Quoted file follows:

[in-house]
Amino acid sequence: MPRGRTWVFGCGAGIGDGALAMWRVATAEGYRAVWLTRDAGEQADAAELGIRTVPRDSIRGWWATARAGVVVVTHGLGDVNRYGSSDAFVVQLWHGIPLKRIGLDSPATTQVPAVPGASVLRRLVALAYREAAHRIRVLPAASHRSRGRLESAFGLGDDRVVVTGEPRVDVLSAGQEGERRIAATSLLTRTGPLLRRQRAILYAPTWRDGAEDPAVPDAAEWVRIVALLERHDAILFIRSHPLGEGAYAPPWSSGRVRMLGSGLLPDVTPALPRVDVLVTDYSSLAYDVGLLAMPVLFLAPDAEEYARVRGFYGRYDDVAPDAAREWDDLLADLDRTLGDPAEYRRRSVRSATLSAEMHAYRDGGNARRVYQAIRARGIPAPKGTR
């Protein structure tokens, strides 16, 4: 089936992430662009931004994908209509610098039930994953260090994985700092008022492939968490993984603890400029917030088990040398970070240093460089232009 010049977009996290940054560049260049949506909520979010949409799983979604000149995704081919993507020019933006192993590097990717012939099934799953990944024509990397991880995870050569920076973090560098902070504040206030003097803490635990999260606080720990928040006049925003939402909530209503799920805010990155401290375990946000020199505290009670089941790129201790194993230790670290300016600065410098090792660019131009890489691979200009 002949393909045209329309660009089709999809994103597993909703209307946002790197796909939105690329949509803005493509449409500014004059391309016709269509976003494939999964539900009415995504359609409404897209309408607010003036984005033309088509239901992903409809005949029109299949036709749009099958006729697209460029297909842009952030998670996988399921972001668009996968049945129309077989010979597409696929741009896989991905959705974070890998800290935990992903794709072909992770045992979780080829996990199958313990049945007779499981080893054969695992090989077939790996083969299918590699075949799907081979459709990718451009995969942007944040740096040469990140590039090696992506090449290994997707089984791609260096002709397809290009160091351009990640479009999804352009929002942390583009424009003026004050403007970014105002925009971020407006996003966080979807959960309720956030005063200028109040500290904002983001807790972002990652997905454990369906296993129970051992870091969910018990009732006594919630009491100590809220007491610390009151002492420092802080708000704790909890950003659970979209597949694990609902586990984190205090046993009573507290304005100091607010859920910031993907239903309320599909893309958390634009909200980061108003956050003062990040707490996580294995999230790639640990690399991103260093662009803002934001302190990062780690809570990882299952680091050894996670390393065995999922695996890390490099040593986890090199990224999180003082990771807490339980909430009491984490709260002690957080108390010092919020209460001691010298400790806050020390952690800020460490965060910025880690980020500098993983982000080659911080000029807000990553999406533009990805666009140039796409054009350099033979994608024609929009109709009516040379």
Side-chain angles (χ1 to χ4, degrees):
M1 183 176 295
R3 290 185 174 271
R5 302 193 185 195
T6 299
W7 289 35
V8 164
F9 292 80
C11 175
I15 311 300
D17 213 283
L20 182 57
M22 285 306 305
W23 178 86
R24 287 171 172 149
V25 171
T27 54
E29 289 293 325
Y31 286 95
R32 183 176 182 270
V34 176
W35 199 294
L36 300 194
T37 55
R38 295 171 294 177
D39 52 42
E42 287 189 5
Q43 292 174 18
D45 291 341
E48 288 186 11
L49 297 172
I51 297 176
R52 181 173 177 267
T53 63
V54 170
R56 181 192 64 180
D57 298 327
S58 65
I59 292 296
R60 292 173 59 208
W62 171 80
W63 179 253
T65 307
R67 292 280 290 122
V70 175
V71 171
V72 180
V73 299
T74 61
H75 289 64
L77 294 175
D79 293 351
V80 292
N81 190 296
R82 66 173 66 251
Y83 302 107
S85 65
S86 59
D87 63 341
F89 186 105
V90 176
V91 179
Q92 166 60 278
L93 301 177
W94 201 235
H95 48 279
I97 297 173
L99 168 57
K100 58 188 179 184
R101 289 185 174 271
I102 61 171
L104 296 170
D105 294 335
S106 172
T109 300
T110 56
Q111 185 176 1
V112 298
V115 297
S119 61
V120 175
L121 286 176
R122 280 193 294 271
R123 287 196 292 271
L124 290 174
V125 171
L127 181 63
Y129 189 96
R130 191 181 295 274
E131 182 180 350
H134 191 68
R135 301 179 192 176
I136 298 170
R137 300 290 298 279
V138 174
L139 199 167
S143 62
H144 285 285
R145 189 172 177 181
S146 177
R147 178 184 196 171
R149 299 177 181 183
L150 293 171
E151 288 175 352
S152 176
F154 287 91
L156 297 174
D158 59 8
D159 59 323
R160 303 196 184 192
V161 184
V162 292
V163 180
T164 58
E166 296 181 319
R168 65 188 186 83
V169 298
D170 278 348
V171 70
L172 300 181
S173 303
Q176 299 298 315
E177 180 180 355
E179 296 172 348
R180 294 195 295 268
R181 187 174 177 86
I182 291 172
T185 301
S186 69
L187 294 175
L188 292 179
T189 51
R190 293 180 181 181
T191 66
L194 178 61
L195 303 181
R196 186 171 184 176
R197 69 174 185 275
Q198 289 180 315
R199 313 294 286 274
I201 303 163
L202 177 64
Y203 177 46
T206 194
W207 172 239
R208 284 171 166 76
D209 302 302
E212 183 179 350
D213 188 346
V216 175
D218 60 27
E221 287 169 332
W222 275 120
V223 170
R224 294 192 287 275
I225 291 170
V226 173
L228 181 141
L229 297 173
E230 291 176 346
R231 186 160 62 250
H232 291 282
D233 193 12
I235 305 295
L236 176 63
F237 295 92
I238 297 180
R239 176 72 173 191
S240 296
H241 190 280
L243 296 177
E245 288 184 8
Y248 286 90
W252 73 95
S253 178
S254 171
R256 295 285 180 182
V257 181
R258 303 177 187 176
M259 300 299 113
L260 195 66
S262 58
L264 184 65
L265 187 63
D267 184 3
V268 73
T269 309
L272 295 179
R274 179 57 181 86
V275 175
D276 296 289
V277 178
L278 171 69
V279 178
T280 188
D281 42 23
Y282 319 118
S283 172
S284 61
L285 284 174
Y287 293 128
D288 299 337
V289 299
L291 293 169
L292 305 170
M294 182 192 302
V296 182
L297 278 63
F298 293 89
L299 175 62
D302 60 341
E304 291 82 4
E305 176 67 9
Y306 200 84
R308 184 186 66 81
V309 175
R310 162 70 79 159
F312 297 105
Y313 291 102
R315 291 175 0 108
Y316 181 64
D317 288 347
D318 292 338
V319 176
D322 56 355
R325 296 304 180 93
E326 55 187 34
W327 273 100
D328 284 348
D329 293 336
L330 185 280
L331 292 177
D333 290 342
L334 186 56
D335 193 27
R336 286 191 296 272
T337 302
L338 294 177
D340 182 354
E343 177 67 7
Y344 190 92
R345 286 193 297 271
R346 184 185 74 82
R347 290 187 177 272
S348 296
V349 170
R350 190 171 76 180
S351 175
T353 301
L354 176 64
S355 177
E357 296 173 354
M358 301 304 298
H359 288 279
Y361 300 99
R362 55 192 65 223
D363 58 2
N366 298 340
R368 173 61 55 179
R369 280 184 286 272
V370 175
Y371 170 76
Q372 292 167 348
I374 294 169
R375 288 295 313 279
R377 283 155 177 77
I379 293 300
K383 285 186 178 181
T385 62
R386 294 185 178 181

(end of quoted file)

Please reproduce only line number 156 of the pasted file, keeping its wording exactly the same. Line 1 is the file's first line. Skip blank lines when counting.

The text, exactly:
W222 275 120